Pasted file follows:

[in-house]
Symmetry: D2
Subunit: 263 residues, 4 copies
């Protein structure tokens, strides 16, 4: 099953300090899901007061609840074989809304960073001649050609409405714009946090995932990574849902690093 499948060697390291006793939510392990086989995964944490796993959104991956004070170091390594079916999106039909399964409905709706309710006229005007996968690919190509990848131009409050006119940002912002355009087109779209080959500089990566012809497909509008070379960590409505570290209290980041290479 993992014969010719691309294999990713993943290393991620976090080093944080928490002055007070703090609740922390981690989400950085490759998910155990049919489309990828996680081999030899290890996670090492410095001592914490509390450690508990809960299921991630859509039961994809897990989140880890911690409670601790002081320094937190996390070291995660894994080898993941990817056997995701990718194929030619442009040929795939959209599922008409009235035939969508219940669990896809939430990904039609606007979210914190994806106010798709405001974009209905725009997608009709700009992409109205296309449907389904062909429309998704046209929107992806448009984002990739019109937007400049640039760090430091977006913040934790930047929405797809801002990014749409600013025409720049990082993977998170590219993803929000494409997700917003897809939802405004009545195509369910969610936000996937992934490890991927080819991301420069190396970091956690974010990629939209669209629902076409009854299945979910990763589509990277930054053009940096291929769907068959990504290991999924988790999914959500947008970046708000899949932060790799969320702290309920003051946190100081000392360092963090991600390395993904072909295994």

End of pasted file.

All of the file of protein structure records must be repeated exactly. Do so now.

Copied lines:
[in-house]
Symmetry: D2
Subunit: 263 residues, 4 copies
């Protein structure tokens, strides 16, 4: 099953300090899901007061609840074989809304960073001649050609409405714009946090995932990574849902690093 499948060697390291006793939510392990086989995964944490796993959104991956004070170091390594079916999106039909399964409905709706309710006229005007996968690919190509990848131009409050006119940002912002355009087109779209080959500089990566012809497909509008070379960590409505570290209290980041290479 993992014969010719691309294999990713993943290393991620976090080093944080928490002055007070703090609740922390981690989400950085490759998910155990049919489309990828996680081999030899290890996670090492410095001592914490509390450690508990809960299921991630859509039961994809897990989140880890911690409670601790002081320094937190996390070291995660894994080898993941990817056997995701990718194929030619442009040929795939959209599922008409009235035939969508219940669990896809939430990904039609606007979210914190994806106010798709405001974009209905725009997608009709700009992409109205296309449907389904062909429309998704046209929107992806448009984002990739019109937007400049640039760090430091977006913040934790930047929405797809801002990014749409600013025409720049990082993977998170590219993803929000494409997700917003897809939802405004009545195509369910969610936000996937992934490890991927080819991301420069190396970091956690974010990629939209669209629902076409009854299945979910990763589509990277930054053009940096291929769907068959990504290991999924988790999914959500947008970046708000899949932060790799969320702290309920003051946190100081000392360092963090991600390395993904072909295994």